I am a big proponent of doing more on less, living modestly, and implementing creative frugal strategies. In this post, however, I’m going to talk about how taking it too far can actually keep you broke rather than lift you up to a better situation.

A couple of years ago, our financial situation was pretty bad. Actually, we were in a crisis following a long period of my husband being out of work, coupled with some bad financial decisions. We were on the brink of not being able to afford to maintain the household another month without getting into debt. There were no longer any cushions or savings, and we were free-falling into poverty. 

I was very conscientious and very dedicated, and my mind kept looping and looping in endless circles, trying to come up with even more efficient ideas for saving money. I gave up on showering when there wasn’t enough sun for the solar heater to do its job, stretched one sack of chicken feed for months, and put off grocery store trips as long as I could.

All of these things helped, don’t get me wrong, but it wasn’t enough and I knew it. I felt helpless. I tossed and turned at night, wondering whether it would make a difference if we unplug the extra refrigerator and what to do if the thrift store doesn’t carry shoes in my kids’ sizes, because theirs all had holes.

What I should have done at that point was getting more proactive about getting paid work, selling my books, and building professional networks that would be useful in the long term. THAT makes a difference. Whether you choose a slightly cheaper oil for baking doesn’t.

True, I was limited. I lived in the middle of nowhere with a bunch of kids, with no reliable transportation and no steady internet access. I remember sitting for long minutes waiting for the HTML version of Gmail to upload and cursing under my breath when it wouldn’t budge.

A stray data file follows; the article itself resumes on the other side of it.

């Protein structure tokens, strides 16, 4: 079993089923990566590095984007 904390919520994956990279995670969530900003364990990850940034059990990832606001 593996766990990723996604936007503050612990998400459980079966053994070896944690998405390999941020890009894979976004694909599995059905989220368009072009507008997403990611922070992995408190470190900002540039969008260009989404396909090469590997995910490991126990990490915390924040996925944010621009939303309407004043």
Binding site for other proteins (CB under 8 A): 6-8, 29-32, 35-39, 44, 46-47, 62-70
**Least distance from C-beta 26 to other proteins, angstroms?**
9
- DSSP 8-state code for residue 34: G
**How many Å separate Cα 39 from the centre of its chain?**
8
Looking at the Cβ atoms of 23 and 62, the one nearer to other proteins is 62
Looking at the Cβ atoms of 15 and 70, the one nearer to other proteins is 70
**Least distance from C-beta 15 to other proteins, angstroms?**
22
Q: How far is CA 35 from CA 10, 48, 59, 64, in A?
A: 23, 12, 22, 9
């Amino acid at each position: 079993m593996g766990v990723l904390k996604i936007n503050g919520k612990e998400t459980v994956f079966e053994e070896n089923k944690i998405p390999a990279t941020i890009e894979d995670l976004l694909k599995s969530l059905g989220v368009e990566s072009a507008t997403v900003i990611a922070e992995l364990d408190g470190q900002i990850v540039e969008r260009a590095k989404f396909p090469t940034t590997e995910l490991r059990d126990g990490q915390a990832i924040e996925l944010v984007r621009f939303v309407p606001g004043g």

But apart from that, I was a prisoner of my own rigid conceptions of a father of a family being the sole breadwinner and the mother stretching the income to make sure it’s enough. It’s a great way to do things, but if it doesn’t work for some reason – and it might fail at any time, temporarily or permanently – and you aren’t prepared for the possibility, you’re up shit creek without a paddle. I’ve learned that the hard way.

It took me a long, long time to face the fact that, while I can make a little go a long way, I do need that little. I can’t make do with nothing, or nearly nothing.

And that’s a key point of successfully overcoming financial hurdles. In a crisis, you should sit down and make a realistic, bare-bones budget of the minimum you need to live. If you aren’t reaching that minimal income, you need to focus on getting there. It’s that simple. Otherwise, you may tighten and tighten that belt until it chokes you, and it still won’t make a difference.

It’s GREAT to have the ability to go without frills. So many people have an entitled attitude and would rather live in debt that do without. But the primary focus should still be on not being poor. I wasted a tremendous amount of time on researching ways to pinch a few more pennies, while I could have used my efforts so much better looking up ways of working from home.

I have tried several things and it’s certainly been a learning curve, until I got into editing books for authors (quite accidentally) and acquired a few loyal and happy clients. I also do some content writing and, after a long time, began seeing profits from my own books, especially fiction.

I regret nothing. Whatever hard-earned lessons I had, I’m making the most of them.

For most people, financial wellbeing and resilience will have these two components – making enough money to live and staying within a reasonable budget. Sometimes, when you’re just hunkering down and trying to survive, it’s hard to see the forest for the trees.

If you’ve been skimping and saving and pinching for a long time, you might be so mentally exhausted and so, for lack of a better word, poverty-wired, that it can be hard to step back and evaluate ways that might actually help you improve your situation on the macro level.